Is your Practice Busy or Hectic?

This time of year the reply I often get from colleagues when I ask how their business is going is “Busy!”  This is often said with shortness of breath, decreased blinking, and other physiological signs of anxiety.  At the college I teach at, I often see my fellow faculty members commiserating with each other about how busy they are there.  I think lots of us are busy, but I think it is time to re-evaluate if we are really busy, or hectic.

The way I differentiate between busy and hectic is simple: ROI and organization.  When I am busy, I have most of my clinical hours filled, am up to date on my billing, know which week I am teaching on the syllabus, and returning phone calls or emails within 24 hours.  I am also eating and sleeping well.  That’s “busy.”  When I am “hectic” I am thinking “oh my god I have too many patients to see;” forget to do my billing (or avoid it;) unfocussed when I get ready to teach; and start “saving” (read sitting on/avoiding) voicemails and emails.  I also feel more of a pull to commiserate, to tell people how “busy” I am.  For me, talking about how busy I am when I could be doing something more productive is usually a sign that I am hectic, not busy.

Once you have started to feel more stress in your practice, pause immediately and ask yourself if this is a prod from your psyche to take care of yourself.  Have you done that?  Good, if the answer is you haven’t, and that you don’t have time to because you are too busy, you’re being hectic.

Now knock it off.

Really, I am suggesting it is that simple.  Other than an opportunity to review for self-care there is NO ROI on being hectic.  You won’t get more patients, you’ll get less. You won’t have more time by worrying or commiserating, you’ll have less.  You may derive a sense of self-importance from how crazy things are, but you aren’t really impressing anyone, including if you are honest, yourself.  So put down the cross, we need the wood.

Here’s a suggested checklist if you are still unsure whether you are being “busy” or “hectic:”

  • I miss appointments or double-book
  • I haven’t eaten today
  • I am avoiding the phone and email
  • I have complained to 2 or more people that I am busy
  • I feel like I am working too much, and making less than I usually do
  • I am behind on billing patients
  • I have open times for patients but can’t find the time to schedule intakes
  • I hate my office
  • I’m feeling cranky and dissatisfied with my clinical work
  • I can’t remember the last time I had a non-therapy conversation with a friend, or if I can it was over 24 hours ago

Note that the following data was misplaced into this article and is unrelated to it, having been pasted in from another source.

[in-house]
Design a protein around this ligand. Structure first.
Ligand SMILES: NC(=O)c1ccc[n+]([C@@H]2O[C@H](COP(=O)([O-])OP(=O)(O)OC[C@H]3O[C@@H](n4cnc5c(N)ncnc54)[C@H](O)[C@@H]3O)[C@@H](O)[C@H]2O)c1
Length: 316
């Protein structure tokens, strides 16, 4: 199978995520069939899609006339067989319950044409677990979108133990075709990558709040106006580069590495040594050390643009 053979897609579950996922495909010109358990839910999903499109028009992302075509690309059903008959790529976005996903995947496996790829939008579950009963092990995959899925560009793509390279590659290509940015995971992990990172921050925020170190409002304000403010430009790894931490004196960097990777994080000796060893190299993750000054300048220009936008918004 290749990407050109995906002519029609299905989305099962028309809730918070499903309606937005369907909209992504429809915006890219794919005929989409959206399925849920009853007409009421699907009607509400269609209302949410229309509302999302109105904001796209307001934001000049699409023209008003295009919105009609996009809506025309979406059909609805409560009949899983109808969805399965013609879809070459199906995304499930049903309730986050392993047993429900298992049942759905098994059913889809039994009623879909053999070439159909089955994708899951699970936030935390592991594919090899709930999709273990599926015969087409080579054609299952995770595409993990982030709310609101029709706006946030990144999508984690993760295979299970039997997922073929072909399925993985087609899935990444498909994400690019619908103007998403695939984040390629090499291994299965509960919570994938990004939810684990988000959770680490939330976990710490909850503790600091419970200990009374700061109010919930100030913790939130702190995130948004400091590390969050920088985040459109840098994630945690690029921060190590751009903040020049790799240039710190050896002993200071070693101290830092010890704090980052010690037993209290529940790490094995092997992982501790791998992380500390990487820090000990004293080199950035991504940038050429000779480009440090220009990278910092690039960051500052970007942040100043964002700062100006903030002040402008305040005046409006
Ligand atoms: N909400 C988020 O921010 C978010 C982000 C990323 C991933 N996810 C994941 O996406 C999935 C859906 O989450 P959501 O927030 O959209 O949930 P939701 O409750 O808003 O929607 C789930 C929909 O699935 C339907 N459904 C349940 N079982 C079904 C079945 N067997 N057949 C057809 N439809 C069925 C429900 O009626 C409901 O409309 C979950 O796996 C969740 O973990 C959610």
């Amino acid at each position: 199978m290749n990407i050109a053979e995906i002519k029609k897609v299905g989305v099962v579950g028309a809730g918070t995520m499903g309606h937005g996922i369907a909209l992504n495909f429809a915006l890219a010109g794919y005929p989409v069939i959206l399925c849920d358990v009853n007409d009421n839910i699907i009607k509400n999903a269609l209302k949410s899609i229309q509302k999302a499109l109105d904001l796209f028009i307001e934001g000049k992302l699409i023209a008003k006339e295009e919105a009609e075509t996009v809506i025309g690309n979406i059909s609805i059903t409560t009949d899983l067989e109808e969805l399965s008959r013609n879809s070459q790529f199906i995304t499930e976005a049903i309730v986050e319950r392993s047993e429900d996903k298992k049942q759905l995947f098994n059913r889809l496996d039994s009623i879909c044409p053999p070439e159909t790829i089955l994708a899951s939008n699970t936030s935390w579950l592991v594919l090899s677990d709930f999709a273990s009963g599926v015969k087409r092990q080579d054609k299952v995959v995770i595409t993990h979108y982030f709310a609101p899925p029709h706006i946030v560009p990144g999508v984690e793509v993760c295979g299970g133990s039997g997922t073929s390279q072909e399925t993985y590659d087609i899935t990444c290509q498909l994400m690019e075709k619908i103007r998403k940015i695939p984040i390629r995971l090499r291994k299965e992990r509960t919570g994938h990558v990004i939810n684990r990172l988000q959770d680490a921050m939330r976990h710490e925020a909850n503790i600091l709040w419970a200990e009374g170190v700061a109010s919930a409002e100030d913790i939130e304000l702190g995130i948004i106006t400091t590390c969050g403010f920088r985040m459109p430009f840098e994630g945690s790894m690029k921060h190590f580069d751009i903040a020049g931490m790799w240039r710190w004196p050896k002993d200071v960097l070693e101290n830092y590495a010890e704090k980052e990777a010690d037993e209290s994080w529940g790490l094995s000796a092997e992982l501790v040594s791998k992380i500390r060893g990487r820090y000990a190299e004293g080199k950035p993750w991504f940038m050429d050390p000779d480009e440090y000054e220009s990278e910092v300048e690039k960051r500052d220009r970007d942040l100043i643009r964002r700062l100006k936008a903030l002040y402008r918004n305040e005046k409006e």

• I feel a sense of dread when I think about work

You may notice that some of these can also be signs of burnout:  This is not a coincidence.  I firmly believe that if you don’t learn to distinguish between being hectic and busy, your business will fail.  It will fail because you burn out, and or because you sabotage your income streams to the point where you have to close up shop and go work for someone else.  And if you do that, you can guarantee they’ll help you learn the difference between busy and hectic the hard way.

So this weekend, take 15 minutes to sit and reflect, is my practice busy or just hectic?  And if you don’t think you have 15 minutes to do that this weekend, you already have your answer.  🙂

What Do You Do Wholeheartedly?

Photo Courtesy of Jamie R.

Being city dogs, Emerson (left) and Boo (right) rarely get to run off-leash.  Recently I was able to take them to an open field that was enclosed, and the above picture shows the result.  Boo especially pours her heart and soul into running.  When she has the space to open up, she amazes us all with her energy, focus and concentration.  At eight years old, she is just as fast as she was 5 years ago.

My dogs are great therapists and coaches.  They are great therapists because they remind me of the power of mindfulness.  When they run, they aren’t worrying about dinner or money or what they need to do next.  They run.  They are great coaches because they do what they love without fear.  They don’t hold “just a little bit” of their energy back, “just in case.”

Obviously I would be a horrible pet companion if I let those two off-leash just anywhere.  They could get hurt if the space was not enclosed.  The same goes for my business, I can’t just go dashing off willy-nilly most of the time.  I can’t go off every insurance panel at once, or double my fee; there is a place for care and caution.  But there are spaces I put into place where I have the safety to just barrel forward, I need those.  Those moments when I am fully focussed and engaged with something, to hell with caution.  Those moments when I feel wholeheartedly how powerful I can be, how alive I am.

Do you have those moments in your practice?  When you are in “the zone?”  I am sure many of you do.  And I am referring specifically to your business and psychotherapy.  Too often we think that “real life” is lived outside of our work, clinical or entrepeneurial.  We view those things as the ends to the means of having time to do what we really want.  Bad idea.

Say you work 40 hours a week, which has 168 hours in it.  That is a quarter of your life. Have you really made the decision to give up on finding meaning and energy and purpose for a quarter of your life?  Assuming you sleep that probably leaves you only half your lifeweek left.  I’m not giving up that much time without a fight.  And that’s what we do when we say things like, “They pay me to do this, that’s why they call it work.”  It’s just like when a patient says, “that’s just the way I am.”  We’re really saying in both cases, “I give up.”